Are you paying too much for your portion of employer-sponsored health insurance? Or missing out on other valuable health benefits? All too often the answer to both questions is yes. Here are a few things to keep in mind during this open enrollment period.
Open and read your mail
Otherwise, you may default into one plan when you'd rather have another, cautions Amy Gordon, an employment attorney in Chicago: "Open enrollment can open and close and leave you with elections you didn't intend."
Look beyond the deductible. Deductibles tend to be the priciest insurance component, so that's where people focus, says Justin Sydnor, assistant professor of risk management at the University of Wisconsin.
Consumers (older ones, in particular) spend too much on premiums just to lower the deductible — and lose money as a result. Instead, do the math. Then look at the difference between the yearly premium and the deductible. If the two numbers are close, consider choosing the higher-deductible policy. Otherwise, you're paying premiums upfront for money you won't necessarily save later.
Don't assume your employer's plan is your best option
Explore your state health exchange to see if you can beat your employer's deal (go to healthcare.gov to find it). If you've been getting coverage through your spouse's employer, look out for "spousal surcharges" — fees employers are layering on for putting your significant other on your plan. It may be cheaper for each of you to get coverage from your own employer — or for one of you to shop via an exchange.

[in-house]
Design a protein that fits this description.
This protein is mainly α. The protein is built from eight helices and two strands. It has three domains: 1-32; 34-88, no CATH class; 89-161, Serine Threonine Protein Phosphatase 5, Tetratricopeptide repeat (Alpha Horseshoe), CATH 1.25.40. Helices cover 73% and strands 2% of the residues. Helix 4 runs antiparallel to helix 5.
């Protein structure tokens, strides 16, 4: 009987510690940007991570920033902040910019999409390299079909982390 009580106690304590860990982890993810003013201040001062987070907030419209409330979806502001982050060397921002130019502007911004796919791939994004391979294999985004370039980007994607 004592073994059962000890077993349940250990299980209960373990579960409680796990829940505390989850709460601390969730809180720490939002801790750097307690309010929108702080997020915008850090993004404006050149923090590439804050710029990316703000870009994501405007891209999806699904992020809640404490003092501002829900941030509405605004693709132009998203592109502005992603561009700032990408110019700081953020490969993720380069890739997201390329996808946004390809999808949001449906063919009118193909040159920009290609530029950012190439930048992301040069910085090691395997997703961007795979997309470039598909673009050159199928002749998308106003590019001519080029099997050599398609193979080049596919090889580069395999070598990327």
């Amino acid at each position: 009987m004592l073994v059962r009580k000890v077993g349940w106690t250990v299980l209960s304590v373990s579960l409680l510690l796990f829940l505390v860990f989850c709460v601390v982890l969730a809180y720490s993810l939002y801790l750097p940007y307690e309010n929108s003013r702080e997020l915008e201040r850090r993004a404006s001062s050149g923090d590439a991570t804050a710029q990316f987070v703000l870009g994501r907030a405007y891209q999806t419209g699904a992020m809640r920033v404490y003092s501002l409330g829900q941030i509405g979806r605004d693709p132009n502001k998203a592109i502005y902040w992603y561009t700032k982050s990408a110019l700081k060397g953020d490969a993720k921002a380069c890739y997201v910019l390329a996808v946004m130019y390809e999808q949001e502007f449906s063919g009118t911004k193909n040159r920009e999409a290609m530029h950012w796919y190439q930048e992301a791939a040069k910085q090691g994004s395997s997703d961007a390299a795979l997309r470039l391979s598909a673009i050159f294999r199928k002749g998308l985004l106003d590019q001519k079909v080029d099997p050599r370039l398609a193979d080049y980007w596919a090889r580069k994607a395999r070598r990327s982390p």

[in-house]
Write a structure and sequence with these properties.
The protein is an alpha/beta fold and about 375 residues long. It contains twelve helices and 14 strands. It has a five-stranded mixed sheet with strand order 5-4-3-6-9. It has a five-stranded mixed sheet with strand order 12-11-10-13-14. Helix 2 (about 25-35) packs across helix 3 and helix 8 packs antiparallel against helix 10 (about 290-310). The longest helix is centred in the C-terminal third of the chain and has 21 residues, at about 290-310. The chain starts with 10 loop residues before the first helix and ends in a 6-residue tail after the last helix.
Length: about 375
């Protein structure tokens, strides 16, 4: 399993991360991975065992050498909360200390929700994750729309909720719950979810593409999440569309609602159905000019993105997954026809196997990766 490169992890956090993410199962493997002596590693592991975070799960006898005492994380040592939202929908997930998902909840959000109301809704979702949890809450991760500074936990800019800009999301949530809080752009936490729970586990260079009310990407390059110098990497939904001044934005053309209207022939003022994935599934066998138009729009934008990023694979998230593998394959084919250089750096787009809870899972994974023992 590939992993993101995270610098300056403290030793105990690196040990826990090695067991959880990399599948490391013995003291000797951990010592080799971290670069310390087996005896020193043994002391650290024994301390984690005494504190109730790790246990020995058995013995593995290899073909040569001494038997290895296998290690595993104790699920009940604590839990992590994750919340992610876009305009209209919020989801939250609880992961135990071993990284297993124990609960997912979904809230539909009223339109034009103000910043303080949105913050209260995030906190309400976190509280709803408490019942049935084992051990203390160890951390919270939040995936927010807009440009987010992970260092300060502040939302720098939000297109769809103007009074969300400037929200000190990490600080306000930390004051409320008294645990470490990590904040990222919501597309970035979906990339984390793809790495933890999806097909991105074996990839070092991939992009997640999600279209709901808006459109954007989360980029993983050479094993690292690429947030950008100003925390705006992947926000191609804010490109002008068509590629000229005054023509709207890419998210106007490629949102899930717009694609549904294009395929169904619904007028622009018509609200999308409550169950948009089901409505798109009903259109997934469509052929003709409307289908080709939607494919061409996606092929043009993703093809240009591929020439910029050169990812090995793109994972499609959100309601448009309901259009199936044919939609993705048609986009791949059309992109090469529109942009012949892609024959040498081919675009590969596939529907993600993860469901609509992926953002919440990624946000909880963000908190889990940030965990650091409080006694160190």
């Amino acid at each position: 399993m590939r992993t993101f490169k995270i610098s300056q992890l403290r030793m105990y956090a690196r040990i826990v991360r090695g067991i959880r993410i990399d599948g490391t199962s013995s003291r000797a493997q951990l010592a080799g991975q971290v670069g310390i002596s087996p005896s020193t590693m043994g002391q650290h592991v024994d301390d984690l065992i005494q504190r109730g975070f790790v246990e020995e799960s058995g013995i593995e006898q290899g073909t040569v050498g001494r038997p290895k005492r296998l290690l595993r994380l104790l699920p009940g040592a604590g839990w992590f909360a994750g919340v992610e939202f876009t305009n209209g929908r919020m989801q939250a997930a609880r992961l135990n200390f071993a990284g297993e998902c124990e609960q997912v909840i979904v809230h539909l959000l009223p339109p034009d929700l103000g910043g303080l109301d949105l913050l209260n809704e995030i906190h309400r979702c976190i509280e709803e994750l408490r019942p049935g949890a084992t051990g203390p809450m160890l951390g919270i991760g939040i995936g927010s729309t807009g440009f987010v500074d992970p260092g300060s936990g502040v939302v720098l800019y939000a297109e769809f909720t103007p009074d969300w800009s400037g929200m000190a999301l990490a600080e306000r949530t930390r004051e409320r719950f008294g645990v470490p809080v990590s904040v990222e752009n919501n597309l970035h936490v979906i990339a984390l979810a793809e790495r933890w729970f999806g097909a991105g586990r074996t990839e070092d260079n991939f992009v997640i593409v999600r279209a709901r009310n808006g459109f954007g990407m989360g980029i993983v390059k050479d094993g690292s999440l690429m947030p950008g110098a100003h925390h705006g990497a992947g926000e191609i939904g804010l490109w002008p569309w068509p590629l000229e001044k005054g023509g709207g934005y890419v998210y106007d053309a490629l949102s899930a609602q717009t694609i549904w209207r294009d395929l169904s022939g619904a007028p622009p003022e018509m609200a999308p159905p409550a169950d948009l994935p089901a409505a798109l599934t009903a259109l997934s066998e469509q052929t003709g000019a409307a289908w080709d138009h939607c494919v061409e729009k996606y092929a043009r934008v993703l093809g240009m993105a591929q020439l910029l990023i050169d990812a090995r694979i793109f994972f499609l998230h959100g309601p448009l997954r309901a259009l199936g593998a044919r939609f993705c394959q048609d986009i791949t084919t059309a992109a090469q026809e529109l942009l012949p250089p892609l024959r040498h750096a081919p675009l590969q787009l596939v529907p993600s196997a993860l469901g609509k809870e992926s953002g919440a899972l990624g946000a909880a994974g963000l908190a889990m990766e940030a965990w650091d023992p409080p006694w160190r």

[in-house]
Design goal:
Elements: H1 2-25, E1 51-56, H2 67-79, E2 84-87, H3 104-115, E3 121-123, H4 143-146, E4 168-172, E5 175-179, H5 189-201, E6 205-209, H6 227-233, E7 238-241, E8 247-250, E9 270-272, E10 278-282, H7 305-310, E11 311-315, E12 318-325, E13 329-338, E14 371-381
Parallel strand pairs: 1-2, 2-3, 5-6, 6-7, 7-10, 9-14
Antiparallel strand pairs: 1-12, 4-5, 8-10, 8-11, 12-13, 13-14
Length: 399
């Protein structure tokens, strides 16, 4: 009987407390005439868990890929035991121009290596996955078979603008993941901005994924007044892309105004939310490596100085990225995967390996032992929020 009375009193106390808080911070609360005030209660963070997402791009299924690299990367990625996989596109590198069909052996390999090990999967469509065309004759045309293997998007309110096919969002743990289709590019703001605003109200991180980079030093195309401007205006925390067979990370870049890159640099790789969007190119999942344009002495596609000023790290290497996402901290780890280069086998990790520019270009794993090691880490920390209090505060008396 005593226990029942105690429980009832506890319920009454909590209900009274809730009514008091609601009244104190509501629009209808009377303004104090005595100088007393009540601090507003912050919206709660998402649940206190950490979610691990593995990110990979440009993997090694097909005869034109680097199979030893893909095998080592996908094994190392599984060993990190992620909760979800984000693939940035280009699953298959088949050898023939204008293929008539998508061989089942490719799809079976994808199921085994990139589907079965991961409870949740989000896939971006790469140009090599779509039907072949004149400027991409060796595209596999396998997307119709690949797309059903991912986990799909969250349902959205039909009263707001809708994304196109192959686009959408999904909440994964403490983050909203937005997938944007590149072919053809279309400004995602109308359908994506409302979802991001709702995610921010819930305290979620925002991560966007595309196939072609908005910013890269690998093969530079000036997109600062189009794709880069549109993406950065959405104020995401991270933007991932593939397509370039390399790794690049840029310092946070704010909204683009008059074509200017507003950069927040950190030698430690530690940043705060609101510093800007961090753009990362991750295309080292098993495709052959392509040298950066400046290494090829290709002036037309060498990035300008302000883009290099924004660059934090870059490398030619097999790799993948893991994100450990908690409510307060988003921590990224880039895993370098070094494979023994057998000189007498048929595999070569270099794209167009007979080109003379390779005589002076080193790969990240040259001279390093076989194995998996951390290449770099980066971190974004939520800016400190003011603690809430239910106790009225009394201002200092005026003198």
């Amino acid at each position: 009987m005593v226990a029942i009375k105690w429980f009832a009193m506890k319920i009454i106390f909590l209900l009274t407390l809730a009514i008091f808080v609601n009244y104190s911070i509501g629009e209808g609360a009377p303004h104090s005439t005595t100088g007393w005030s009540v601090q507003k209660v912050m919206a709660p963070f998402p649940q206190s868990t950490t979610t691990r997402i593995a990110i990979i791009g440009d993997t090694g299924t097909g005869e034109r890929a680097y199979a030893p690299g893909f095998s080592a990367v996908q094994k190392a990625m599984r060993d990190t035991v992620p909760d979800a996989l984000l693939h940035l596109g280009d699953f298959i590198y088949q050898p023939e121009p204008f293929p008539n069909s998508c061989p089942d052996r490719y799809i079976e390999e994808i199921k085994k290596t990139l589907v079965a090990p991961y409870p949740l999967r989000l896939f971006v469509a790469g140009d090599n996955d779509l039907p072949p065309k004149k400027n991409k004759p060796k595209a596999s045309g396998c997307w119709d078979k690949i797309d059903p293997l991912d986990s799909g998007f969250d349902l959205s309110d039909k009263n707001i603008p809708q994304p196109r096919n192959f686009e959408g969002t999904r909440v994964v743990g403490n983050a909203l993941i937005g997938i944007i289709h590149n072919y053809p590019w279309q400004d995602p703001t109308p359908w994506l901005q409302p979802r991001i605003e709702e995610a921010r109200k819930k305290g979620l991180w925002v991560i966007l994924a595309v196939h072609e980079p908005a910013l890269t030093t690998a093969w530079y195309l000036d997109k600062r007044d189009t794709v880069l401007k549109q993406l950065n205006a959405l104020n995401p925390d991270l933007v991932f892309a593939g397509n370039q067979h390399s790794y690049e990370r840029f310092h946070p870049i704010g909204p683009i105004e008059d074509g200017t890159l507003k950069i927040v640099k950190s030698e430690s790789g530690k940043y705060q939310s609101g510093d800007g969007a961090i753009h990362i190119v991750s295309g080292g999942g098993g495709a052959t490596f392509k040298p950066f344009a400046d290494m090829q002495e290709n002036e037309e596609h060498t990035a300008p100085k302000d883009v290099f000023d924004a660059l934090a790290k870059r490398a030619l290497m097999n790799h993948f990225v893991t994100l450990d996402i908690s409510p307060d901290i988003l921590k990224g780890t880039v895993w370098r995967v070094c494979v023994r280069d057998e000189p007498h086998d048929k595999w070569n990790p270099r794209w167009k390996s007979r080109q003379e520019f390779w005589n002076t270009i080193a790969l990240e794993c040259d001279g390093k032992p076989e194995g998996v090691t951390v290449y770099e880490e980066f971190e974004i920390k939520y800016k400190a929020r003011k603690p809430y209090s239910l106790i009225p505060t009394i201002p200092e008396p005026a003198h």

Check out wellness benefits
Joining a gym? Quitting smoking? There may be some money in it. According to a survey by the National Business Group on Health and Fidelity Investments, 74 percent of employers now offer wellness-based incentives averaging $600 per employee. Keep an eye out for these.
Consider an HSA catch-up contribution
For those of you in high-deductible health plans with health savings accounts attached, those HSAs allow you to contribute more if you're of a certain age. You have to be 55-plus, but then you can kick in an extra $1,000. Contributions are tax-deductible, and the money grows tax-free. Payments for qualified medical expenses are free of taxes, too.
Jean Chatzky, best-selling author, journalist and money editor at NBC's Today, is AARP's financial ambassador.
—With additional reporting by Kelly Hultgren